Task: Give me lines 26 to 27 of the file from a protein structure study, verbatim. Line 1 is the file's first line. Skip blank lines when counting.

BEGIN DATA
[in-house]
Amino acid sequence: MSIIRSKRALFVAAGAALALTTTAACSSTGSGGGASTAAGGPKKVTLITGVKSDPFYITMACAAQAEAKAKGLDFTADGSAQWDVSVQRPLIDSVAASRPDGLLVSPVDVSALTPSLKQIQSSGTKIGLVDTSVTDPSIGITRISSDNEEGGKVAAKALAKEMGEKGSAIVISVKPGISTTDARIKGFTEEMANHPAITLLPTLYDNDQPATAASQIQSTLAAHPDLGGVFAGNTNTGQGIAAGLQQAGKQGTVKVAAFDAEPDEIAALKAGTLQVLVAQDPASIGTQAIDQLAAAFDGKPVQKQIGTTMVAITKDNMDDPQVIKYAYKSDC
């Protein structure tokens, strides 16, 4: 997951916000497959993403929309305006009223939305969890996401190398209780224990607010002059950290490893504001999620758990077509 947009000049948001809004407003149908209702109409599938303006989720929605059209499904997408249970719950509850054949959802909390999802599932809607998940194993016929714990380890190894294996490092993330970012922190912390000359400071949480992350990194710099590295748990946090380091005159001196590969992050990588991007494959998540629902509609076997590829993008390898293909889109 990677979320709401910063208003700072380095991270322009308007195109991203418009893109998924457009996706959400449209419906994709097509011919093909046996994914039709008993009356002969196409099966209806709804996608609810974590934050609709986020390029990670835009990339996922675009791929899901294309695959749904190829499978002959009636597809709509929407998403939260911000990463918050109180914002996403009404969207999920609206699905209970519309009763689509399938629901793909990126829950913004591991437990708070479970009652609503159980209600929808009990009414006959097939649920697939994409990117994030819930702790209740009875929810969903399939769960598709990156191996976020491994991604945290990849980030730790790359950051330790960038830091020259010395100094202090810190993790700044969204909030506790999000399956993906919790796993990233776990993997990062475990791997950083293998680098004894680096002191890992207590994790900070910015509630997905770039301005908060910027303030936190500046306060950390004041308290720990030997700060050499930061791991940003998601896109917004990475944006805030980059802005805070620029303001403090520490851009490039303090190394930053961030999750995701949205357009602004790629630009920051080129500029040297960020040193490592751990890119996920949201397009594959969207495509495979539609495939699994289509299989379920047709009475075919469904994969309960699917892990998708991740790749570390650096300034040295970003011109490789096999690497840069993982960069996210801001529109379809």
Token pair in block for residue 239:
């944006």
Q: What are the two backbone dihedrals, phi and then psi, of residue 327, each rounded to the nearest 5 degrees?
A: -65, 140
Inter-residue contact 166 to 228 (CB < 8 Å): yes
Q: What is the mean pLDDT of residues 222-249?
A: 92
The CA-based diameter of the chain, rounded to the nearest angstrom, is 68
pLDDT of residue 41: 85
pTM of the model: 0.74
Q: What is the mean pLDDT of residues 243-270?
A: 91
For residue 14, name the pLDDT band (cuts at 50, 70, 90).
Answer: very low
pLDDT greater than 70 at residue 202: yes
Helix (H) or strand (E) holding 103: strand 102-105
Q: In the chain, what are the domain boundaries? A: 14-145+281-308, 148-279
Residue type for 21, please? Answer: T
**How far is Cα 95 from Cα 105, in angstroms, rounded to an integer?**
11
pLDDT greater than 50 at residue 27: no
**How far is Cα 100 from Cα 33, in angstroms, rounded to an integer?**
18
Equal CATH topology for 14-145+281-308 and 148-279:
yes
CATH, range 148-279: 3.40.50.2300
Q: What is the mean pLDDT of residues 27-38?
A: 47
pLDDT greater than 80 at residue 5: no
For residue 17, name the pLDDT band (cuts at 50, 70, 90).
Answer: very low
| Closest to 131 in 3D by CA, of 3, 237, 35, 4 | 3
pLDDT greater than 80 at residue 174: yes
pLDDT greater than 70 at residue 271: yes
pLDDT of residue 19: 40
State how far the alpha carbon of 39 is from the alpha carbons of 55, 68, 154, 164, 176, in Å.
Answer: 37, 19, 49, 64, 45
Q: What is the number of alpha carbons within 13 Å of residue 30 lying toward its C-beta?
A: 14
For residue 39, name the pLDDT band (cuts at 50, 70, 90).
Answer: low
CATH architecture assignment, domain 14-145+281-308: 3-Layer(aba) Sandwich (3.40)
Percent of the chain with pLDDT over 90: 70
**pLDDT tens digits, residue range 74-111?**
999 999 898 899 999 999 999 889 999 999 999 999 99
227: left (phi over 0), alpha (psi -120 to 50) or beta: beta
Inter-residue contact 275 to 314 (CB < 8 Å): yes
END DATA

18
Equal CATH topology for 14-145+281-308 and 148-279: